Wireless energy stations may recharge electric cars on-the-go
I had this sent from one of our readers TK (Tinsel Koala). He could not post on the comments due to a technical problem (our end
I began playing with such systems well over a year ago, on a zero budget basis, and showed the same phenomenon, apparently, that these well-funded and well-equipped researchers have “discovered”. A friend coined the term “supernova mode” for the effect. I told some principals I know about my system also well over a year ago and they poo-pooed it… then six or eight months ago Apple was granted a patent for a wireless charging system based on the same technology and now we see this from NCSU. I am flabbergasted.
http://www.youtube.com/watch?v=y6qKISIE0Og (July 2012)
http://www.youtube.com/watch?v=Hoq5C7ecRdU (also July 2012)
and quite a few more, including transmitting power to underwater wireless receivers and wireless electrolysis of water into H2 and O2 gases.
We have published a few articles now on electromagnetic induction of electric vehicles with either coils or wires burred under the surface of the road.These have very limited transmitting range but are highly efficient. This technology research in more about transmission over longer distances. Its like Nikola Tesla’s technology being discovered again by main steam science. This story involves a Prototype wireless charging station out North Carolina State University. The following is one of their press releases and I am sure will receive a few comments
Researchers from North Carolina State University have developed new technology and techniques for transmitting power wirelessly from a stationary source to a mobile receiver – moving engineers closer to their goal of creating highway “stations” that can recharge electric vehicles wirelessly as the vehicles drive by.
“We’ve made changes to both the receiver and the transmitter in order to make wireless energy transfer safer and more efficient,” says Dr. Srdjan Lukic, an assistant professor of electrical engineering at NC State and senior author of a paper on the research.
Low-level electromagnetic field
The researchers developed a series of segmented transmitter coils, each of which broadcasts a low-level electromagnetic field. The researchers also created a receiver coil that is the same size as each of the transmitter coils, and which can be placed in a car or other mobile platform. The size of the coils is important, because coils of the same size transfer energy more efficiently.
The researchers modified the receiver so that when it comes into range and couples with a transmitter coil, that specific transmitter coil automatically increases its current – boosting its magnetic field strength and the related transfer of energy by 400 percent. The transmitter coil’s current returns to normal levels when the receiver passes out of the range of the transmitter.These modifications improve on previous mobile, wireless power transfer techniques.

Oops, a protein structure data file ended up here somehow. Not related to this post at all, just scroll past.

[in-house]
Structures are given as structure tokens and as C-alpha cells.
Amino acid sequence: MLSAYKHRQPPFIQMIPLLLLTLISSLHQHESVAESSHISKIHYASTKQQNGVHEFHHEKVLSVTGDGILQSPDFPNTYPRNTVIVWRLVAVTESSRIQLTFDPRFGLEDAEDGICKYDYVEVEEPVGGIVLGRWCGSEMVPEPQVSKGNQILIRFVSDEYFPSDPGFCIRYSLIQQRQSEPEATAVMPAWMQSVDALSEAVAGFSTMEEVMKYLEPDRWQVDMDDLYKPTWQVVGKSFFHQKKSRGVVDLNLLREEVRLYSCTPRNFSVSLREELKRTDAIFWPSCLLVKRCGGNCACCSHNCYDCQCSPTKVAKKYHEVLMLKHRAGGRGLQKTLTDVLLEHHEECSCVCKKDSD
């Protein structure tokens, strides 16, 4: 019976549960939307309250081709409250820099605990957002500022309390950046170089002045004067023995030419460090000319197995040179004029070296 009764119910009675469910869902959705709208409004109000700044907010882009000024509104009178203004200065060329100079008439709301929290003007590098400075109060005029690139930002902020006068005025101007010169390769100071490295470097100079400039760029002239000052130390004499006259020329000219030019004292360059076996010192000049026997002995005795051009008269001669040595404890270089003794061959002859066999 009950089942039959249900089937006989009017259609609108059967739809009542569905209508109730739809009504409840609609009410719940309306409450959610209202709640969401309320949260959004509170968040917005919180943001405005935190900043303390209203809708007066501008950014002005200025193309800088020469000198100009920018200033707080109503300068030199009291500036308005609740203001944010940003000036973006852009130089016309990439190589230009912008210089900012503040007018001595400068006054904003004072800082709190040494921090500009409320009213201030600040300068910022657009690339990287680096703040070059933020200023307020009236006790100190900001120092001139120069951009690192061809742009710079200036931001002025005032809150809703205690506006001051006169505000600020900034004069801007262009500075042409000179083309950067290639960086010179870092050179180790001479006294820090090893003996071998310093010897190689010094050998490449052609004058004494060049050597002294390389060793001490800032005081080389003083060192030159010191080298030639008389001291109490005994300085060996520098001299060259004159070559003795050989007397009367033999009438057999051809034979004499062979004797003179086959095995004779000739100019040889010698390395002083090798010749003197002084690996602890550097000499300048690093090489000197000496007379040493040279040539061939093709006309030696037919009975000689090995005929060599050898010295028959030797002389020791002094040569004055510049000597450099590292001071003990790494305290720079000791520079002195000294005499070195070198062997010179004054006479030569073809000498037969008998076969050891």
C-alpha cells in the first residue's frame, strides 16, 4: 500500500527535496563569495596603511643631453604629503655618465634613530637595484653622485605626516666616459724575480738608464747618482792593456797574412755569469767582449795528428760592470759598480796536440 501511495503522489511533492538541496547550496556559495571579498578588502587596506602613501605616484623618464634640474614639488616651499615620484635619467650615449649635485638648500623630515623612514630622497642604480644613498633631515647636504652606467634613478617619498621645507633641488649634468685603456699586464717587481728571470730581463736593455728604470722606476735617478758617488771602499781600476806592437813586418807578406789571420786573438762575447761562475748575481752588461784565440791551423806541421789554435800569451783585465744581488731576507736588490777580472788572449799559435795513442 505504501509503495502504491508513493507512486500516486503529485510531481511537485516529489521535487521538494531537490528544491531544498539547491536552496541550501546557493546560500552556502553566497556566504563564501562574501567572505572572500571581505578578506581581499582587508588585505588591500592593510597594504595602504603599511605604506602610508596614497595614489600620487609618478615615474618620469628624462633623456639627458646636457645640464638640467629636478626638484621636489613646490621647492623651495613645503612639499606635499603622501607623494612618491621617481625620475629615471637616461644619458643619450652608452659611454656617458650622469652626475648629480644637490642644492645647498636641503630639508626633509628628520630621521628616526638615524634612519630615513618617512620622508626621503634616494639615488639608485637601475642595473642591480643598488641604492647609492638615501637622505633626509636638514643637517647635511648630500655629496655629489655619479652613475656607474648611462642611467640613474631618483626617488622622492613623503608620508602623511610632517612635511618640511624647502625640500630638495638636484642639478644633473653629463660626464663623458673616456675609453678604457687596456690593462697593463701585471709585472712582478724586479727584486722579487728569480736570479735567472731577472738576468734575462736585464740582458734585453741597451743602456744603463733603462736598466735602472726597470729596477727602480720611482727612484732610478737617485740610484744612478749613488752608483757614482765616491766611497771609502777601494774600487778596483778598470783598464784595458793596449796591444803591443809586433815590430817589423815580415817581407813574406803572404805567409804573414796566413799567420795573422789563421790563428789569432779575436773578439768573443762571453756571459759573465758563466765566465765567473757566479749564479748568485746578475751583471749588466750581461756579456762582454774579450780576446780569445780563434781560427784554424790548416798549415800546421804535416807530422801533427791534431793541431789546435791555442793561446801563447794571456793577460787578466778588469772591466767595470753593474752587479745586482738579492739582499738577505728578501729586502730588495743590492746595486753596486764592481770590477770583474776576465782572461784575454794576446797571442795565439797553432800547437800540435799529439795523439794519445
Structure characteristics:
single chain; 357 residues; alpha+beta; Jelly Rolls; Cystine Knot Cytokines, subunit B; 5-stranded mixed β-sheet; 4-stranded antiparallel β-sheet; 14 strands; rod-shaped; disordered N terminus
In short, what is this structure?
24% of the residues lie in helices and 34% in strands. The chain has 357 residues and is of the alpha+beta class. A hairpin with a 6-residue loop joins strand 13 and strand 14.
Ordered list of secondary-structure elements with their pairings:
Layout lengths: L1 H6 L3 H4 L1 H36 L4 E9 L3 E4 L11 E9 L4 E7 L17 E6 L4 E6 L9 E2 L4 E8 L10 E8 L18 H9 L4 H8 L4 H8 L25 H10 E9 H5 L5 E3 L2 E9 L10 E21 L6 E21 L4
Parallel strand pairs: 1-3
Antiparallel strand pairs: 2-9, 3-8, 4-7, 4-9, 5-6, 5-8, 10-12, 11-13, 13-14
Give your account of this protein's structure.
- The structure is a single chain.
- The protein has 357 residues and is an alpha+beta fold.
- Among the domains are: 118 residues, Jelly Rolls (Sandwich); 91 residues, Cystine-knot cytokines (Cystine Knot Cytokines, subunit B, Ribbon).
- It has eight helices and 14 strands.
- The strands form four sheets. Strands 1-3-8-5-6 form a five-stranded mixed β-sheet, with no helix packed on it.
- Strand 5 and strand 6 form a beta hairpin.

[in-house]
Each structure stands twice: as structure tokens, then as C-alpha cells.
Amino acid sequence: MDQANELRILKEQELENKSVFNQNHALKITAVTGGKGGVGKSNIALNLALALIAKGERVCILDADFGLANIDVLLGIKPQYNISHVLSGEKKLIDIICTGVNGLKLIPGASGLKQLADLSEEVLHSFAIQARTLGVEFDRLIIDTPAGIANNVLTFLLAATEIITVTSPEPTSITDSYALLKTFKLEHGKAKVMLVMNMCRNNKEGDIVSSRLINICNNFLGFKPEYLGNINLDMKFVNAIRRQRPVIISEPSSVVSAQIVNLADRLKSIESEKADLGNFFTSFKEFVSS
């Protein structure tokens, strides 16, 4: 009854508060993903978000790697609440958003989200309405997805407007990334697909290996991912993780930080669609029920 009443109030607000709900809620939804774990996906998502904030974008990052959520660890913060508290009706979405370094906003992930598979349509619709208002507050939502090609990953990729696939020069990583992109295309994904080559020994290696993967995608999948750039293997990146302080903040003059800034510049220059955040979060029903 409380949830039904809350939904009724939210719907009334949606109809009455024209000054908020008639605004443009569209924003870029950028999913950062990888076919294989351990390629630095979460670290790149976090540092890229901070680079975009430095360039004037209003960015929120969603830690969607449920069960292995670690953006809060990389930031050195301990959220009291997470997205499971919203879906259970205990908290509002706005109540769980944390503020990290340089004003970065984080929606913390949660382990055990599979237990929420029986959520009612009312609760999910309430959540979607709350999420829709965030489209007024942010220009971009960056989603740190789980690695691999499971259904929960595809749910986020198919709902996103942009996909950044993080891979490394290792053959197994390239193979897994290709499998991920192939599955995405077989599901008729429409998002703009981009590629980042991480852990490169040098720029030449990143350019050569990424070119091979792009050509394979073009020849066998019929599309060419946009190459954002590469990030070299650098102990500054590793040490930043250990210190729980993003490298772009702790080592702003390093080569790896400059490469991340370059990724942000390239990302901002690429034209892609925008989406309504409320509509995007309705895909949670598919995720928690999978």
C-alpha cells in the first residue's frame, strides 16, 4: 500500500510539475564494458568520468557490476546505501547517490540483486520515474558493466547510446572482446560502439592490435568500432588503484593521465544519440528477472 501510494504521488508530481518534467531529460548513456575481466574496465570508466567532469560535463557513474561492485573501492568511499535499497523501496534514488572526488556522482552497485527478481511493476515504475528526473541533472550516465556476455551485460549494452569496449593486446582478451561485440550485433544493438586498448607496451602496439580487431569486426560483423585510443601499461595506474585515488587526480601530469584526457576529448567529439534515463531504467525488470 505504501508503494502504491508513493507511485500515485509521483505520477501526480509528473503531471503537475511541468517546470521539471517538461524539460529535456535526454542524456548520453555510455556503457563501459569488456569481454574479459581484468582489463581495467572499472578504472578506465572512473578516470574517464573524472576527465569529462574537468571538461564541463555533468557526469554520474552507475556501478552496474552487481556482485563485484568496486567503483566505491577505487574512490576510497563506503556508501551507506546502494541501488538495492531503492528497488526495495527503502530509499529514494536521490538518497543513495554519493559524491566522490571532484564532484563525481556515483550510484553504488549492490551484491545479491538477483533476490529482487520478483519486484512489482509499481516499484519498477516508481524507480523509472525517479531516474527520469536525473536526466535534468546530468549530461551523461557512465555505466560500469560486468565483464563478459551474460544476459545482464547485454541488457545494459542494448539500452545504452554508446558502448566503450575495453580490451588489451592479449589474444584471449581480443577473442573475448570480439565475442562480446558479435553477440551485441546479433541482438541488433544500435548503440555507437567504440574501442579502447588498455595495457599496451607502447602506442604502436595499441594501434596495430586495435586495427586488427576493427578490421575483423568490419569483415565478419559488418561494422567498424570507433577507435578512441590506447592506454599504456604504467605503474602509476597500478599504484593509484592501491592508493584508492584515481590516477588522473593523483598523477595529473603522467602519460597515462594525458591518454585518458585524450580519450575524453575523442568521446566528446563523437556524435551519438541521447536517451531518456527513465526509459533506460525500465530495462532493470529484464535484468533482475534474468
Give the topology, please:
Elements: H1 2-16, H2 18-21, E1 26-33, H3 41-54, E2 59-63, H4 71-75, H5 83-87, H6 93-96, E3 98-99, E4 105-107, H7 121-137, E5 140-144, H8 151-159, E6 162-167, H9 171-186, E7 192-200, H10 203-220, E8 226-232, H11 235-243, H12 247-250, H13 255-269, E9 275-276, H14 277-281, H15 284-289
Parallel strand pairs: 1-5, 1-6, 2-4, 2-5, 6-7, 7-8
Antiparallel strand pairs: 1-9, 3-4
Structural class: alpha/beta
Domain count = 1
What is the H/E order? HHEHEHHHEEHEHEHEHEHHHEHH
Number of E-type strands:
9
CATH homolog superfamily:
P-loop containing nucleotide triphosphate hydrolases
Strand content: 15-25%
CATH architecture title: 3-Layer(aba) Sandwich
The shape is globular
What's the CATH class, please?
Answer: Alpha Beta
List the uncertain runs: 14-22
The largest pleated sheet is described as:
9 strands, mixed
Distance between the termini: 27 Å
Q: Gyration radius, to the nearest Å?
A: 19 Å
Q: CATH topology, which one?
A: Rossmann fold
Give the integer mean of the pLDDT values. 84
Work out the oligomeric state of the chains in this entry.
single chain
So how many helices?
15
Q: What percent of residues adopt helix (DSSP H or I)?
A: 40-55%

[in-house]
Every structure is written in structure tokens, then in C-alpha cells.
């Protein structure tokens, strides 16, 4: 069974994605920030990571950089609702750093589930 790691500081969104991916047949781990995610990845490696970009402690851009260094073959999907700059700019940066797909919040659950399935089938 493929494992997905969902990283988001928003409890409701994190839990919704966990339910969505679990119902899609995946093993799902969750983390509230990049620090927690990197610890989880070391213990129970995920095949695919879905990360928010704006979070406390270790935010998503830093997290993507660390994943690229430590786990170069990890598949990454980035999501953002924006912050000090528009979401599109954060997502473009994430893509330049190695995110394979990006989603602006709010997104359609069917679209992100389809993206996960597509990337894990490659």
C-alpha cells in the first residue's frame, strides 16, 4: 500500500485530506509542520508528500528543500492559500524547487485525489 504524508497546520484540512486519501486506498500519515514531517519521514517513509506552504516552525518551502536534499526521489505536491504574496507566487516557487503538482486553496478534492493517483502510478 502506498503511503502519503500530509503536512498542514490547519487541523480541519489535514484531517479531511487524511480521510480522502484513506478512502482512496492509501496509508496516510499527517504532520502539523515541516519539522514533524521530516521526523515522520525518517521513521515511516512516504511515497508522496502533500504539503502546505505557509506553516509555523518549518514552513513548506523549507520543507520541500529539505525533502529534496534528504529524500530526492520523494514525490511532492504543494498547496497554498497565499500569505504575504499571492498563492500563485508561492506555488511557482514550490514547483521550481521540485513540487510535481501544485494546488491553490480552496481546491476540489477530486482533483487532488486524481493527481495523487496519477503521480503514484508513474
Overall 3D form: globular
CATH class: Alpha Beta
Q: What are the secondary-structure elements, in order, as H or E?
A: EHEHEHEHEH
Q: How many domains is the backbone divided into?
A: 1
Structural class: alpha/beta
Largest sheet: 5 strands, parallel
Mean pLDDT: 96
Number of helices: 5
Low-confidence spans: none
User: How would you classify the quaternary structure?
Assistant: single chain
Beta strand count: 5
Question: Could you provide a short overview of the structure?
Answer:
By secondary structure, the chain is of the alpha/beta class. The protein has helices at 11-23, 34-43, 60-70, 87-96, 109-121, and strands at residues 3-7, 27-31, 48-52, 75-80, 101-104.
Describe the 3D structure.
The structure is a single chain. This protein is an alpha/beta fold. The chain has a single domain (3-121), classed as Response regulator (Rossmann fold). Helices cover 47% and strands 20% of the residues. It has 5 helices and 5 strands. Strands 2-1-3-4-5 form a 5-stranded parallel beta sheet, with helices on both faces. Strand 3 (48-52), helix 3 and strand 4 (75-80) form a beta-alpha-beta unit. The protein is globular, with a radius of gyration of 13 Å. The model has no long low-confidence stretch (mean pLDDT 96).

One previous approach was to use large transmitter coils. But this approach created a powerful and imprecise field that could couple to the frame of a car or other metal objects passing through the field. Because of the magnetic field’s strength, which is required to transfer sufficient power to the receiver, these electromagnetic field “leaks” raised safety concerns and reduced system efficiency.
Another previous approach used smaller transmitter coils, which addressed safety and efficiency concerns. But this approach would require a very large number of transmitters to effectively “cover” a section of the roadway, adding substantial cost and complexity to the system, and requiring very precise vehicle position detection technology.“We tried to take the best from both of those approaches,” Lukic says.
Lukic and his team have developed a small, functional prototype of their system, and are now working to both scale it up and increase the power of the system.Currently, at peak efficiency, the new system can transmit energy at a rate of 0.5 kilowatts (kW). “Our goal is to move from 0.5 kW into the 50 kW range,” Lukic says. “That would make it more practical.”
The paper, “Reflexive Field Containment in Dynamic Inductive Power Transfer Systems,” is published online in IEEE Transactions on Power Electronics. Lead author of the paper is NC State Ph.D. student Kibok Lee. The paper was co-authored by Dr. Zeljko Pantic, a former Ph.D. student at NC State. The research was partially supported by National Science Foundation grant number EEC-0812121.
Note to Editors: The study abstract follows.
“Reflexive Field Containment in Dynamic Inductive Power Transfer Systems”
Authors: Kibok Lee, Zeljko Pantic, and Srdjan Lukic, North Carolina State University
Published: online Oct. 30, 2013, IEEE Transactions on Power Electronics